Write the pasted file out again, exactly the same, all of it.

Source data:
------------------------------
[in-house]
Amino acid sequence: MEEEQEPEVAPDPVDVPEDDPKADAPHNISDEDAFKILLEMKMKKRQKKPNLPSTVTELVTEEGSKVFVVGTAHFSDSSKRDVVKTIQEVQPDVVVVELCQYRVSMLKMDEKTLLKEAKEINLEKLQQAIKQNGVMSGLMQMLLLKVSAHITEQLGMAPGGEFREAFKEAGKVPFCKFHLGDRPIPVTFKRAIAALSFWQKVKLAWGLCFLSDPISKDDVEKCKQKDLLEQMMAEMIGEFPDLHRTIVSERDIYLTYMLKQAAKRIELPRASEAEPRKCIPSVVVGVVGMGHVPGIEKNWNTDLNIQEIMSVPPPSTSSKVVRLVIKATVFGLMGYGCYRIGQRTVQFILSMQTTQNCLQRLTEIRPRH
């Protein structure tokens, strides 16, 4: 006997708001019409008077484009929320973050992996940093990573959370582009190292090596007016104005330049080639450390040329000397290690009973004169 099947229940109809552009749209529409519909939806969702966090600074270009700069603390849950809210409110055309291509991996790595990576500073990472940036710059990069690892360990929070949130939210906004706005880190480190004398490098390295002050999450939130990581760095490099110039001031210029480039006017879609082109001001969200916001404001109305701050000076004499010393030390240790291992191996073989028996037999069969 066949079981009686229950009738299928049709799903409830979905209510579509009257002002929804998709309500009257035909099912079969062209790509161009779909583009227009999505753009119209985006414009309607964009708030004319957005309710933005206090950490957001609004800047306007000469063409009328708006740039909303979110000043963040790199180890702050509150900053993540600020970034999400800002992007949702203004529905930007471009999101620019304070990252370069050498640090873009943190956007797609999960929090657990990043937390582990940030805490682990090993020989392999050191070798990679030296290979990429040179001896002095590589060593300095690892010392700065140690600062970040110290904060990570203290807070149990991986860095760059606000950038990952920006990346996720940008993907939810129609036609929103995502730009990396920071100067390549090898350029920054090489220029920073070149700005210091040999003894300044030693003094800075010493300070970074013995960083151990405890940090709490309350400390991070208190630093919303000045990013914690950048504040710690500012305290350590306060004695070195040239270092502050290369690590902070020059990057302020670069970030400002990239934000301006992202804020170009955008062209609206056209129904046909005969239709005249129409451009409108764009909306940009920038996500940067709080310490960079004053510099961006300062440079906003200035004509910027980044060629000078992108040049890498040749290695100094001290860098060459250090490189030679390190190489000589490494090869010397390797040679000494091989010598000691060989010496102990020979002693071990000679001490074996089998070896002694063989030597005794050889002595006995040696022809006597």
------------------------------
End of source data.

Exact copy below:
[in-house]
Amino acid sequence: MEEEQEPEVAPDPVDVPEDDPKADAPHNISDEDAFKILLEMKMKKRQKKPNLPSTVTELVTEEGSKVFVVGTAHFSDSSKRDVVKTIQEVQPDVVVVELCQYRVSMLKMDEKTLLKEAKEINLEKLQQAIKQNGVMSGLMQMLLLKVSAHITEQLGMAPGGEFREAFKEAGKVPFCKFHLGDRPIPVTFKRAIAALSFWQKVKLAWGLCFLSDPISKDDVEKCKQKDLLEQMMAEMIGEFPDLHRTIVSERDIYLTYMLKQAAKRIELPRASEAEPRKCIPSVVVGVVGMGHVPGIEKNWNTDLNIQEIMSVPPPSTSSKVVRLVIKATVFGLMGYGCYRIGQRTVQFILSMQTTQNCLQRLTEIRPRH
């Protein structure tokens, strides 16, 4: 006997708001019409008077484009929320973050992996940093990573959370582009190292090596007016104005330049080639450390040329000397290690009973004169 099947229940109809552009749209529409519909939806969702966090600074270009700069603390849950809210409110055309291509991996790595990576500073990472940036710059990069690892360990929070949130939210906004706005880190480190004398490098390295002050999450939130990581760095490099110039001031210029480039006017879609082109001001969200916001404001109305701050000076004499010393030390240790291992191996073989028996037999069969 066949079981009686229950009738299928049709799903409830979905209510579509009257002002929804998709309500009257035909099912079969062209790509161009779909583009227009999505753009119209985006414009309607964009708030004319957005309710933005206090950490957001609004800047306007000469063409009328708006740039909303979110000043963040790199180890702050509150900053993540600020970034999400800002992007949702203004529905930007471009999101620019304070990252370069050498640090873009943190956007797609999960929090657990990043937390582990940030805490682990090993020989392999050191070798990679030296290979990429040179001896002095590589060593300095690892010392700065140690600062970040110290904060990570203290807070149990991986860095760059606000950038990952920006990346996720940008993907939810129609036609929103995502730009990396920071100067390549090898350029920054090489220029920073070149700005210091040999003894300044030693003094800075010493300070970074013995960083151990405890940090709490309350400390991070208190630093919303000045990013914690950048504040710690500012305290350590306060004695070195040239270092502050290369690590902070020059990057302020670069970030400002990239934000301006992202804020170009955008062209609206056209129904046909005969239709005249129409451009409108764009909306940009920038996500940067709080310490960079004053510099961006300062440079906003200035004509910027980044060629000078992108040049890498040749290695100094001290860098060459250090490189030679390190190489000589490494090869010397390797040679000494091989010598000691060989010496102990020979002693071990000679001490074996089998070896002694063989030597005794050889002595006995040696022809006597």